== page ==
As Dorian approaches, media outlets are reporting it as “an unprecedented storm in Florida,” and that Dorian “would be the strongest storm to hit Florida since 1992.”

Cover image courtesy of Shutterstock

Image by Sharon Owens

As I look around the barren landscape and notice the still clinging blue tarps, the vacant lots where homes and businesses used to stand, the stark and revealing evidence that some forgotten disaster occurred here, I have to wonder, exactly when the rest of the world decided Michael was nothing more than a blip on their radar?

For us, Category 5, Hurricane Michael changed everything. Just ten months ago we were struggling through the first days and weeks following the destruction he left behind.

Those of us who have lived in the aftermath of Michael have weathered countless storms since that day last October. Though progress is being made, the region and its people are suffering.

Now, just ten months later, the threat of another storm has brought into stark and disheartening clarity, the fact that the rest of the world has indeed forgotten.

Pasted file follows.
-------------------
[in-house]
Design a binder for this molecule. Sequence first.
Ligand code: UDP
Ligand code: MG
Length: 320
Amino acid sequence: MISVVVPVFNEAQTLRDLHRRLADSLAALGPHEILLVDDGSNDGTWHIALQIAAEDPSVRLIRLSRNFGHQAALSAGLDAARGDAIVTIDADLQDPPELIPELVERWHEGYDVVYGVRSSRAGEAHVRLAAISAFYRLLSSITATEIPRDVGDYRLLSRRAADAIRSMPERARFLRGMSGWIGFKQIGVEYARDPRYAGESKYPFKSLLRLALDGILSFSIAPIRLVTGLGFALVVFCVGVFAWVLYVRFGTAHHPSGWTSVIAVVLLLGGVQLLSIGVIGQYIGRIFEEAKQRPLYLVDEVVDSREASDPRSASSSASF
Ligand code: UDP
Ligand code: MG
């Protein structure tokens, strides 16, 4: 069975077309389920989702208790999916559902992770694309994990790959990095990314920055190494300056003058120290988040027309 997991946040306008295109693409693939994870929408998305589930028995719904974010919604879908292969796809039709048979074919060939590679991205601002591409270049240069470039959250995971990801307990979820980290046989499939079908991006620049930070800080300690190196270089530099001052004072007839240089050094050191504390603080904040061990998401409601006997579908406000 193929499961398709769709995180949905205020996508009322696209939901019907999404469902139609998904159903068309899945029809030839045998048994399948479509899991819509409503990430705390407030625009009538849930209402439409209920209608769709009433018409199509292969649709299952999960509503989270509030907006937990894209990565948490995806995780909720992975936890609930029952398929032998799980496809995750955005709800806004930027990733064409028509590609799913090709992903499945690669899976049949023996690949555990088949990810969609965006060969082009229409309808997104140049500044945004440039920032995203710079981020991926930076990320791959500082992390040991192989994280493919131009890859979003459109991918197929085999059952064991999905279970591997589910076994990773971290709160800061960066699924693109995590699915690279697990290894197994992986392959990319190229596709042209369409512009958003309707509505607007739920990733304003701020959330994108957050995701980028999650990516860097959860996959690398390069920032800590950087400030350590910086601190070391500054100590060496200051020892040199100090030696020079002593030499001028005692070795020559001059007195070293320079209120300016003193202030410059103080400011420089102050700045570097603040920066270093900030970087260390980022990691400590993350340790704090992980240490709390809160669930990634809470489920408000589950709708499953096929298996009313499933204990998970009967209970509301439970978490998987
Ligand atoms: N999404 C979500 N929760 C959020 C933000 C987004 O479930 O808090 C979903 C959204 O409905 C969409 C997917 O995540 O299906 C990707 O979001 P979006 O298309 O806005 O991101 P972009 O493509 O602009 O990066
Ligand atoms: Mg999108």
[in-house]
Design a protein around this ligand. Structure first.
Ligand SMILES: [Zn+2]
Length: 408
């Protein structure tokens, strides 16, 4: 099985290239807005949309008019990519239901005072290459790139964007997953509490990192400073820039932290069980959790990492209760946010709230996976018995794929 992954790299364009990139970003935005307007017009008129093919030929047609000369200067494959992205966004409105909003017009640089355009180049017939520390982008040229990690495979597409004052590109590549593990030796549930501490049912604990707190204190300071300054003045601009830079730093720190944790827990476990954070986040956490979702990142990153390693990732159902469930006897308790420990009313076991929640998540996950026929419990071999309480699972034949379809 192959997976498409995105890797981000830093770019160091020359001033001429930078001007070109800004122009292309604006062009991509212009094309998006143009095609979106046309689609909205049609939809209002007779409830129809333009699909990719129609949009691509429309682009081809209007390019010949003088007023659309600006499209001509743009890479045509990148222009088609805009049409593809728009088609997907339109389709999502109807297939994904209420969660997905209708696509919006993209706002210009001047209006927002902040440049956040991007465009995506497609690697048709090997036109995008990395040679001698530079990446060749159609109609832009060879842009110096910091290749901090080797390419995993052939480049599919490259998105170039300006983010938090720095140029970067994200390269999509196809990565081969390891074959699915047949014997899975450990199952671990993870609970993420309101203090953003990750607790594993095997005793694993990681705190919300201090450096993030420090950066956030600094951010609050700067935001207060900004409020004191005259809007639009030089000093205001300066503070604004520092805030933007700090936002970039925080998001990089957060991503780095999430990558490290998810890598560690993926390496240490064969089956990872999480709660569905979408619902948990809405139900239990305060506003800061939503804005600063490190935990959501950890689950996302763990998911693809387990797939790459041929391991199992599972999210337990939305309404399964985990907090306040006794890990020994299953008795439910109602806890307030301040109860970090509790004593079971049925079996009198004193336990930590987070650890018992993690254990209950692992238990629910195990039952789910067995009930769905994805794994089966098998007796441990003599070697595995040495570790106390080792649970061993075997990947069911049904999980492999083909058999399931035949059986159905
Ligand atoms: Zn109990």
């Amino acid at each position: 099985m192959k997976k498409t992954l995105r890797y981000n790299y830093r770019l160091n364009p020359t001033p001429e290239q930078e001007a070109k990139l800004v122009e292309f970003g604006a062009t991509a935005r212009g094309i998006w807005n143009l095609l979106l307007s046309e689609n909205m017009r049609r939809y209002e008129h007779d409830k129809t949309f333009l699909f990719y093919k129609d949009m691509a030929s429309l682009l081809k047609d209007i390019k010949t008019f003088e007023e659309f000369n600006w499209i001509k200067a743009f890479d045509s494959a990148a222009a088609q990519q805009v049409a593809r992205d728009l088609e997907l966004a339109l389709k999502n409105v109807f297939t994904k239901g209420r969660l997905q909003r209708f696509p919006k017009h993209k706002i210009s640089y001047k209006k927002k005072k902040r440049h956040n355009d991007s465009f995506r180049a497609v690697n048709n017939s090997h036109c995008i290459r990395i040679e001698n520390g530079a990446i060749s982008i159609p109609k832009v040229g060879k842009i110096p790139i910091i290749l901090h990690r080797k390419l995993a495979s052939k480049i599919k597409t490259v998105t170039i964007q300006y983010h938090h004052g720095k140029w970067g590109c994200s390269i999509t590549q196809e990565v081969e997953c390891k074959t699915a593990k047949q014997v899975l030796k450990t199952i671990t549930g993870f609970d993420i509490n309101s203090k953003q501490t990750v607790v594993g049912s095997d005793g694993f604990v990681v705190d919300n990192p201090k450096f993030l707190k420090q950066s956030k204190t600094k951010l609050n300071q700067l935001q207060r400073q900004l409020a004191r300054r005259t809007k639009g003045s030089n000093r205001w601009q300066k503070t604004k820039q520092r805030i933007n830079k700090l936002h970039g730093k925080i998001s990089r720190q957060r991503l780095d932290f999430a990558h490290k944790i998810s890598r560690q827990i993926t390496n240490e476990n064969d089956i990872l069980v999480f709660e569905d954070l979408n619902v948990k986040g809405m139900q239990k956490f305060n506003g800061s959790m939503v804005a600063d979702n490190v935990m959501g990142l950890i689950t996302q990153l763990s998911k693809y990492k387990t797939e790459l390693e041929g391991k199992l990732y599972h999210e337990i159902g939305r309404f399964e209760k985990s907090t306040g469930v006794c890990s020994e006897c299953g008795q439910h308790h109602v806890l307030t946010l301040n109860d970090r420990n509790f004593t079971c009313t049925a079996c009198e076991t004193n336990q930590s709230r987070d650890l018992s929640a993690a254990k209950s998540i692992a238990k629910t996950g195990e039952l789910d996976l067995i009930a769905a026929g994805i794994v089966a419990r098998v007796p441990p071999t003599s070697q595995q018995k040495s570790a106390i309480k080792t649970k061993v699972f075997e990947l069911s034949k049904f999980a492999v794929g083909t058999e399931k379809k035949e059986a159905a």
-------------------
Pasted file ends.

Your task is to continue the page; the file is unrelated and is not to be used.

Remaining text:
A recent survey conducted by Rebuild 850, an initiative launched shortly after the storm to advocate on behalf of hurricane victims still trying to rebuild their lives, showed nearly half of respondents would do nothing to help people affected by the hurricane and nearly 75 percent said they would not consider donating money to help with relief efforts (FLAPOL, 26 June 2019).

For those outside the region, who mistakenly believe that all is well, the numbers don’t lie, though they are rarely, if ever reported on.

In Mexico Beach, FL, there is still no gas station, no bank, and no grocery store. Eighty percent of the small coastal community was destroyed by Michael. Image by Tony Miller

Since October 10, 2018, affected counties are suffering. Loss of jobs and income, closed and damaged schools, a housing crisis, and increasing uncertainty coupled with the difficulty of navigating the government-aid and insurance bureaucracies have coalesced into massive storms of their own.

Hurricane Michael was the first Category 5 storm to hit the United States since Hurricane Andrew, tearing a path through some of the poorest parts of Florida. Insurers report nearly $7 billion in losses across nearly 150,000 claims that have been filed (The Tampa Bay Times, 26 August 2019).

In Mexico Beach, where Michael’s eye passed, virtually obliterating the tiny coastal community, the losses are staggering and rebuilding is slow.